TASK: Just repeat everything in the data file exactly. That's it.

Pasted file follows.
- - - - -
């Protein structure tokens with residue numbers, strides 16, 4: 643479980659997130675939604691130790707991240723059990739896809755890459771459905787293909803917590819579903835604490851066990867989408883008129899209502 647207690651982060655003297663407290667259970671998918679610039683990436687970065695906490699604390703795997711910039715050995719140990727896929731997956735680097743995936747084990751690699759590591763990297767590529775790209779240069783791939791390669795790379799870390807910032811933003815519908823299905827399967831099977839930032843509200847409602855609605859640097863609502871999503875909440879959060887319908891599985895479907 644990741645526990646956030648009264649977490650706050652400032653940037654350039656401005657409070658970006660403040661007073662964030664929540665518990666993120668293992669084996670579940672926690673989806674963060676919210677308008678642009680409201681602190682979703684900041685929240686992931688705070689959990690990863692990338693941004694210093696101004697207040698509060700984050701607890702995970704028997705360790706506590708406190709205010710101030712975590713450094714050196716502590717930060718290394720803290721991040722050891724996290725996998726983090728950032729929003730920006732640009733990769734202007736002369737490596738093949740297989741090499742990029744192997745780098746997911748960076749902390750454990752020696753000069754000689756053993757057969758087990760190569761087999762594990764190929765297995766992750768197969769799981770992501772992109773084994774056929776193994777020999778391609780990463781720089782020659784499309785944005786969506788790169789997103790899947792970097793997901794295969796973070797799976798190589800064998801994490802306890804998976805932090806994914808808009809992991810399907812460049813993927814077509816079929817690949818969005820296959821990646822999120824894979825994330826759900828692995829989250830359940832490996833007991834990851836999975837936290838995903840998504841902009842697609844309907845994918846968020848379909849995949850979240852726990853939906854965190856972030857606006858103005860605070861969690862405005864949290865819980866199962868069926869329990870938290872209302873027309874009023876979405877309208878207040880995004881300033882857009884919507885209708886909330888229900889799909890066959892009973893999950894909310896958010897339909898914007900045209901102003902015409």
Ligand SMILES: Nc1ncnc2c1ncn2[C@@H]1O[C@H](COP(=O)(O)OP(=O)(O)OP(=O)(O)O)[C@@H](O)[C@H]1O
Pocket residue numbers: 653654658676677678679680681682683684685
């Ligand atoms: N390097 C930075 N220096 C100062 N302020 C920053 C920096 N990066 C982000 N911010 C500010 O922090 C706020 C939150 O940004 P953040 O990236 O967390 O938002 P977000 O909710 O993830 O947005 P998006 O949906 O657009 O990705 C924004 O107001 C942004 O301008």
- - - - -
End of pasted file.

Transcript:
């Protein structure tokens with residue numbers, strides 16, 4: 643479980659997130675939604691130790707991240723059990739896809755890459771459905787293909803917590819579903835604490851066990867989408883008129899209502 647207690651982060655003297663407290667259970671998918679610039683990436687970065695906490699604390703795997711910039715050995719140990727896929731997956735680097743995936747084990751690699759590591763990297767590529775790209779240069783791939791390669795790379799870390807910032811933003815519908823299905827399967831099977839930032843509200847409602855609605859640097863609502871999503875909440879959060887319908891599985895479907 644990741645526990646956030648009264649977490650706050652400032653940037654350039656401005657409070658970006660403040661007073662964030664929540665518990666993120668293992669084996670579940672926690673989806674963060676919210677308008678642009680409201681602190682979703684900041685929240686992931688705070689959990690990863692990338693941004694210093696101004697207040698509060700984050701607890702995970704028997705360790706506590708406190709205010710101030712975590713450094714050196716502590717930060718290394720803290721991040722050891724996290725996998726983090728950032729929003730920006732640009733990769734202007736002369737490596738093949740297989741090499742990029744192997745780098746997911748960076749902390750454990752020696753000069754000689756053993757057969758087990760190569761087999762594990764190929765297995766992750768197969769799981770992501772992109773084994774056929776193994777020999778391609780990463781720089782020659784499309785944005786969506788790169789997103790899947792970097793997901794295969796973070797799976798190589800064998801994490802306890804998976805932090806994914808808009809992991810399907812460049813993927814077509816079929817690949818969005820296959821990646822999120824894979825994330826759900828692995829989250830359940832490996833007991834990851836999975837936290838995903840998504841902009842697609844309907845994918846968020848379909849995949850979240852726990853939906854965190856972030857606006858103005860605070861969690862405005864949290865819980866199962868069926869329990870938290872209302873027309874009023876979405877309208878207040880995004881300033882857009884919507885209708886909330888229900889799909890066959892009973893999950894909310896958010897339909898914007900045209901102003902015409």
Ligand SMILES: Nc1ncnc2c1ncn2[C@@H]1O[C@H](COP(=O)(O)OP(=O)(O)OP(=O)(O)O)[C@@H](O)[C@H]1O
Pocket residue numbers: 653654658676677678679680681682683684685
């Ligand atoms: N390097 C930075 N220096 C100062 N302020 C920053 C920096 N990066 C982000 N911010 C500010 O922090 C706020 C939150 O940004 P953040 O990236 O967390 O938002 P977000 O909710 O993830 O947005 P998006 O949906 O657009 O990705 C924004 O107001 C942004 O301008």